The work was undertaken in winter but the technique is not weather dependent and requires no additional deliveries, requiring vehicles such as concrete wagons, during the work.

“All the equipment is on site in one18t truck,” says Holmes.

“The dig and replace methods would have cost £900,000 but the cost for our work was £260,000. However, when youadd in the indirect costs to society –such as time and traffic delays – thebenefit is even greater.“

The UK government has estimated that the cost to the economy from delays on our roads is £3bn with 75% of that figure coming from planned roadworks. With that in mind, the indirect cost savings from our approach on the M42 was £3.3M.

”The benefits are not just limited to roads, and Holmes has a similar case study that demonstrates the benefits for the rail sector.

“We undertook track slab levelling on the Midland Main Line in Kentish Town, north London recently, which also shows the savings for society,” he says. “The rail line is in a deep cutting with retaining walls either side but 280m of the track bed was rocking and pumping water as trains pass, so there was a speed limit in place. Jet grouting using self-drilled hollow bars was considered, but would have called for 16 weekend-long blockades on the line, whereas our approach was completed over several four hour overnight possessions during the week.”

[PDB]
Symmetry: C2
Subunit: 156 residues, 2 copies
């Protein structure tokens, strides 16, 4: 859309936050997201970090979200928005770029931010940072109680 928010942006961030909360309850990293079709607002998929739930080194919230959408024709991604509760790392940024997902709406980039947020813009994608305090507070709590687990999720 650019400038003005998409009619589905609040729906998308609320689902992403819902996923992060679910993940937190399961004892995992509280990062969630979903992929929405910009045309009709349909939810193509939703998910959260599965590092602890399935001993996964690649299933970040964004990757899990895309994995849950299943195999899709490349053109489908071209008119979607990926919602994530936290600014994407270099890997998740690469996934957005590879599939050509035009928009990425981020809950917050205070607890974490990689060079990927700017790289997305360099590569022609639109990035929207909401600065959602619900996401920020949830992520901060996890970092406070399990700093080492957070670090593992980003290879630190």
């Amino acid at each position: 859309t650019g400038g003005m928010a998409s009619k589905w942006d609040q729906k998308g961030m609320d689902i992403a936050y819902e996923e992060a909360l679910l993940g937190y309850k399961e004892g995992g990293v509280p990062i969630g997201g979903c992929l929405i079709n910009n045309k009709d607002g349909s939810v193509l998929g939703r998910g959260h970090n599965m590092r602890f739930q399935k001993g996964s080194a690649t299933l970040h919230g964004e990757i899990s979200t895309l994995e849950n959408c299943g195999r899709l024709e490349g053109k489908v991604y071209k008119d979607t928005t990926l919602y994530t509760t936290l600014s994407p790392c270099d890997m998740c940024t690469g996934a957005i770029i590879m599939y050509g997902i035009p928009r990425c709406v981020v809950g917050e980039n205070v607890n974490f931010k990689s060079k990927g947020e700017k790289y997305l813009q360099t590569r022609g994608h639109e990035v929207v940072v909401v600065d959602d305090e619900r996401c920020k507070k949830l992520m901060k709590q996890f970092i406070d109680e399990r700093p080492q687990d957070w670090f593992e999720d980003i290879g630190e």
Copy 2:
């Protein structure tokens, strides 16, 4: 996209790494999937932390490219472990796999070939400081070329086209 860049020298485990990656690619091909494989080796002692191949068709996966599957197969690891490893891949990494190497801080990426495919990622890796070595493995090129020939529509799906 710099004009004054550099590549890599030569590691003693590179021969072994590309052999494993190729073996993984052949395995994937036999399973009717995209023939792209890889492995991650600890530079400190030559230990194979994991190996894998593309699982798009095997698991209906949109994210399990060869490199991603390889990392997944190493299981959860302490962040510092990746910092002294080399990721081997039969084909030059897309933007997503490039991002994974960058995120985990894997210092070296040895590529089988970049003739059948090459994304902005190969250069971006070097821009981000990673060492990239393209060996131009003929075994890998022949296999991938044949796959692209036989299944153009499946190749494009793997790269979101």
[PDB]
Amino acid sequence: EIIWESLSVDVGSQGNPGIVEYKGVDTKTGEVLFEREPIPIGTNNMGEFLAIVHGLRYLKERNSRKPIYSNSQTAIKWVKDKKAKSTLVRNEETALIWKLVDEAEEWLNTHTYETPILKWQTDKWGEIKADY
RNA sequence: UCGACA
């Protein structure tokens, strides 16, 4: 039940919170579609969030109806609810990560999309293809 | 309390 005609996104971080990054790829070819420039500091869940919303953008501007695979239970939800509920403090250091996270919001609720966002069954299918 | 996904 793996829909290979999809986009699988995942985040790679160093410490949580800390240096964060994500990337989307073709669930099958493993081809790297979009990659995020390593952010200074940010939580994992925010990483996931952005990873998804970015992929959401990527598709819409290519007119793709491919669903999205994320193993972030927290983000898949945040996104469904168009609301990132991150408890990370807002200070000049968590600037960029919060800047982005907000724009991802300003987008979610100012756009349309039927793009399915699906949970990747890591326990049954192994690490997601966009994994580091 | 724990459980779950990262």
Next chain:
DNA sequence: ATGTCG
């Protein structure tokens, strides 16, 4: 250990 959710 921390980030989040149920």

Geobear says its work cost £230,000 and it believes that the indirect cost savings were in the region of millions of pounds per saved blockade.

Presenting such businesses cases to clients is part of the new strategy.Lahtinen says: “The traditional approach does the job, but our alternative also has possibilities.”

Geobear admits that its solutions are not a panacea for all ground engineering issues.

“There are limitations to what we cando and we wouldn’t offer our solutionsfor high loaded structures, for example.In such situations, piling is still the right approach,” says Holmes.